Other resources are directed at NATO and the European Union (EU) as well as collective security interests.” (my bold)

A “zero sum conflict”?  Isn’t it Washington that believes it can actually win in a nuclear exchange scenario?  As far as a Russian “wartime mindset”, that certainly sounds like Washington, doesn’t it?   

With this existential threat, let’s take a look at the author’s analysis of the number of Russians who are actively operating in the United Kingdom.  

1.) Case Officers:

During the Cold War, there were 39 Soviet case officers who managed spies in London in 1985, 25 from the KGB and 14 from the GRU.  This level remained constant until 2010 but began to rise, hitting an estimated 37 from the FSB and SVR and 14 from the GRU in 2013.  In the UK as a whole, it is estimated that there are as many as 200 case officers managing up to 500 Russian agents.

2.) Spies:

There are two main types of Russian spies operating in the United Kingdom:

a.) declared spies who officially work at the Russian Embassy occupying roles as attaches or secretaries.  

b.) undeclared spies who work in the Russia Embassy but who are not accredited as intelligence officers, taking roles in sections such as trade or culture.

There are currently 56 diplomats working in the Russian Embassy in Kensington with “around half” being engaged in either declared or undeclared intelligence work.  Additionally, there are also spies that use false identities, posing as British citizens.  There are also Russian nationals living in Britain using their real identities but with few links to Russia’s security and intelligence services.  Lastly, there are Russians who are travelling to the UK for short-term stays, using either their own name or an alias.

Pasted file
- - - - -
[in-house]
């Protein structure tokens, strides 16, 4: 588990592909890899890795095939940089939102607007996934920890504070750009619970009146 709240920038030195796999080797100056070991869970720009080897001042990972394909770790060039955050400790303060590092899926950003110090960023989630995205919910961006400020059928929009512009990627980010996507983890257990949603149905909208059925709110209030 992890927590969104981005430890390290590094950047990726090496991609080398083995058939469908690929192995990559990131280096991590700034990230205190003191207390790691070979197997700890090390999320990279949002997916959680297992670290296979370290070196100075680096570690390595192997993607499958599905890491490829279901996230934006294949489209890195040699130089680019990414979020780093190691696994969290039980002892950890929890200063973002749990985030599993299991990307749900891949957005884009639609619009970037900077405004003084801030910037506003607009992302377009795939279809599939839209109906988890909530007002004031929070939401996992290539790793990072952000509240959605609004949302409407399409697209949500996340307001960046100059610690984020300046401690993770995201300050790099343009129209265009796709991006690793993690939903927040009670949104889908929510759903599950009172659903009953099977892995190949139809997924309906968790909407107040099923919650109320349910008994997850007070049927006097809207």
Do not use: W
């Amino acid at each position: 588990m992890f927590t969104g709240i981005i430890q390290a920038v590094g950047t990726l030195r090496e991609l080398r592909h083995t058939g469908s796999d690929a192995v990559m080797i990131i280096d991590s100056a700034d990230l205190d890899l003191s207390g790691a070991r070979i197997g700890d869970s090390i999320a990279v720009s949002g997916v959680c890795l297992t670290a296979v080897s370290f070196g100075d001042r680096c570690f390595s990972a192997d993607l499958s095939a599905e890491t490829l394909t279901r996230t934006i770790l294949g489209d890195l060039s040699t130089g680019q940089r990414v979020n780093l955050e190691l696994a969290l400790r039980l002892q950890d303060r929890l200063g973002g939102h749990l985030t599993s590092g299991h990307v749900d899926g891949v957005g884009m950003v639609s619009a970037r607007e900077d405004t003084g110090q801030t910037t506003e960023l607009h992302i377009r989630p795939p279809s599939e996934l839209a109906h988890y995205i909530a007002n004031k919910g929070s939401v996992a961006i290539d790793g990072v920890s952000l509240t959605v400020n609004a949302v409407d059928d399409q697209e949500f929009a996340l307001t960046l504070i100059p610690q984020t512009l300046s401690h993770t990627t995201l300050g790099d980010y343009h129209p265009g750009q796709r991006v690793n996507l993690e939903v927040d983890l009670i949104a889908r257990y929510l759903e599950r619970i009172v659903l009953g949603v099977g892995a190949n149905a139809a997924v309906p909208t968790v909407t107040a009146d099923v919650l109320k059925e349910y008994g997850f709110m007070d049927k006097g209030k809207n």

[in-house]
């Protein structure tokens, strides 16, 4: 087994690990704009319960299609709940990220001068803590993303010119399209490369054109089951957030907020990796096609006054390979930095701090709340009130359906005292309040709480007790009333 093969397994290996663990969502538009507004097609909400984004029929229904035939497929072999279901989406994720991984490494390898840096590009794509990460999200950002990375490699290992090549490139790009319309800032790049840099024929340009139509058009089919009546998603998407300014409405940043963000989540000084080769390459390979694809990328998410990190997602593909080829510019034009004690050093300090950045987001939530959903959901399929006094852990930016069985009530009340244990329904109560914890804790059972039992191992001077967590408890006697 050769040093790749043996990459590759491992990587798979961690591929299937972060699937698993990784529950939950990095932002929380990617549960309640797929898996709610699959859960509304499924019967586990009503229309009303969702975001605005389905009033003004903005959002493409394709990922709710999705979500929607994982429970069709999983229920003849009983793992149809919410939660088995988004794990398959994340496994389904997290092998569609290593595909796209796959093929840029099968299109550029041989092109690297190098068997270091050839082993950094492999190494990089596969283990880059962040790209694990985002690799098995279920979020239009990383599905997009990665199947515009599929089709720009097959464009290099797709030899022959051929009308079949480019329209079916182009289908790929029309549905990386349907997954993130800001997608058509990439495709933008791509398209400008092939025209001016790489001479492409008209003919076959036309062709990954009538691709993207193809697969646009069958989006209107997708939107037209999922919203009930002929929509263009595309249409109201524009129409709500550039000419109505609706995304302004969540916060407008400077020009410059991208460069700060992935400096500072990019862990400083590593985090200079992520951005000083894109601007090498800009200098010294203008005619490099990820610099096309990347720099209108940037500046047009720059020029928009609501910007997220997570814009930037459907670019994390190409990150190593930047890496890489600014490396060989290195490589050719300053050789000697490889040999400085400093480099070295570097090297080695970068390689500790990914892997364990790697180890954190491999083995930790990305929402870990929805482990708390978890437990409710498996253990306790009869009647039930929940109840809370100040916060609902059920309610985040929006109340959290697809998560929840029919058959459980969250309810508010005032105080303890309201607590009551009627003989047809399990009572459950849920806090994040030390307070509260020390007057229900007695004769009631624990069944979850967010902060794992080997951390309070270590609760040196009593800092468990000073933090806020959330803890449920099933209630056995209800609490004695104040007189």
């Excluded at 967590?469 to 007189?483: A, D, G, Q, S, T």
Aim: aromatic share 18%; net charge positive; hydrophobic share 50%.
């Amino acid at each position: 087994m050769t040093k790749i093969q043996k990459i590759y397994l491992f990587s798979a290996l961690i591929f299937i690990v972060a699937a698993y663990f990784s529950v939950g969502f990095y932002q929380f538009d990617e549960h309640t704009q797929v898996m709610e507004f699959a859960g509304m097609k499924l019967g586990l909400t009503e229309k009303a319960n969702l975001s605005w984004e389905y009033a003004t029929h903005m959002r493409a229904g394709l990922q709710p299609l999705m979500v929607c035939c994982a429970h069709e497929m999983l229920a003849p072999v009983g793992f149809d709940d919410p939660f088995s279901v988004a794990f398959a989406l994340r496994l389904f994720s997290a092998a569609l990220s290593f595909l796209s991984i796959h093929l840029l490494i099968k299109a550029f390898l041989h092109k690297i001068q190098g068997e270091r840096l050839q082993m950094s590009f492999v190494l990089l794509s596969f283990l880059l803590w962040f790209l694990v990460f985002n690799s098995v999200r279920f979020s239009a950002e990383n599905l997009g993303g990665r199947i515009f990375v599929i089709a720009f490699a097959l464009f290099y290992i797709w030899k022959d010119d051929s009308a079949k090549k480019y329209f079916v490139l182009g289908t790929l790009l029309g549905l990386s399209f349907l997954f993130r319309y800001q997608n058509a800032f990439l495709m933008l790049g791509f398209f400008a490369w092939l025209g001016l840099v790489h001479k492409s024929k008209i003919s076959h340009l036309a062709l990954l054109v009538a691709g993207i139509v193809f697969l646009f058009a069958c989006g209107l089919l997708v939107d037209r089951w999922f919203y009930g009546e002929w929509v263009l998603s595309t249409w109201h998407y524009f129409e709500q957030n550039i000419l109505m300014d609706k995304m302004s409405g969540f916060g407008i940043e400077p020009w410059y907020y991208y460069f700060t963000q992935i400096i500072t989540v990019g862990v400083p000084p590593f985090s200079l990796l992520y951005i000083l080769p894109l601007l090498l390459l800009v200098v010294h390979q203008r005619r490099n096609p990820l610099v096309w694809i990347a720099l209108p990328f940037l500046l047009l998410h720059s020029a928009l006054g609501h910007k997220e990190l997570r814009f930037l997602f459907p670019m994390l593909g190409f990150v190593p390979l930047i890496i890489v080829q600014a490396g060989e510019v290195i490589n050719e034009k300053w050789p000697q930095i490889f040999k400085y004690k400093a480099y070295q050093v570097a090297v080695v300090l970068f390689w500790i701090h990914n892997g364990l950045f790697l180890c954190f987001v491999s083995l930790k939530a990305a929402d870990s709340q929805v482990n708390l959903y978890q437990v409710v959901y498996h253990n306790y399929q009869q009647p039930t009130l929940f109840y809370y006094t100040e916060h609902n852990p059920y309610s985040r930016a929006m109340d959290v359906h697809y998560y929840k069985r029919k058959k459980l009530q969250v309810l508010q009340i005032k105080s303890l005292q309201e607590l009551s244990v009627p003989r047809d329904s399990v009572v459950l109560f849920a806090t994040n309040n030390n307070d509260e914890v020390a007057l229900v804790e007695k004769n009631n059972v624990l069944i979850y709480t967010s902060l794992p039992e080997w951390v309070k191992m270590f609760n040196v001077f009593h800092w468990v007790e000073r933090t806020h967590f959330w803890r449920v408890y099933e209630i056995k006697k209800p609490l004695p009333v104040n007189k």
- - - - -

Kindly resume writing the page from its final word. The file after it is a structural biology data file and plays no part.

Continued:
Russian agents gather intelligence on prominent Russians, Westerners and Russia-watchers in the UK, gathering information on individuals who currently or previously occupied positions of power.   Here is a quote from the paper showing how Russia’s spying tactics work:

In attempting to gain such information, Russia’s agents employ a number of tactics, one of which follows a rather simple playbook.  A plausible scenario, described by a number of current and former government officials, is that a Whitehall official attends a high-level, closed-door event in the city. Attendees, as well as making polite conversation, exchange business cards, to the point where almost everybody has spoken with everybody else and most have exchanged business cards. When the Kremlin needs some information, one of the individuals who swapped cards with the official will reactivate the contact, seeking a meeting. When the two individuals meet, most likely at a café or bar, efforts to gather intelligence begin.

Here’s where I think that the paper goes off the rails.  The author observes that there are an estimated 150,000 Russian expatriates currently living in London alone that form a potential source of intelligence gathering for Russia’s three intelligence agencies.  According to the author’s research, anywhere between one quarter and one half of Russia expats living in London’s Russian community have been informants meaning that Russia has roughly 75,000 amateur spies living in London on top of its declared and undeclared Embassy workers and other Russian government organizations.

Here is a key paragraph that best explains today’s environment:

Many of the people interviewed for this paper described a growing belief that they are under close watch by Russia’s intelligence agencies. Whatever the truth, for the Kremlin this is a victory in itself – even if it does not lead to Moscow gaining information, making people paranoid means they start to question or change their behaviour. “Never say anything in private that you wouldn’t say in public. And never say anything in public that you wouldn’t want the Kremlin to hear”, was a recurring sentiment voiced by interviewees and interlocutors.

Yes indeed, we certainly do live in a time of paranoia, particularly when it comes to Russia.  It’s a good thing that neither the United Kingdom nor the United States would ever think of intelligence gathering on this sort of scale….as long as you can forget about the massive snooping programs of the Five Eyes member states which includes both countries.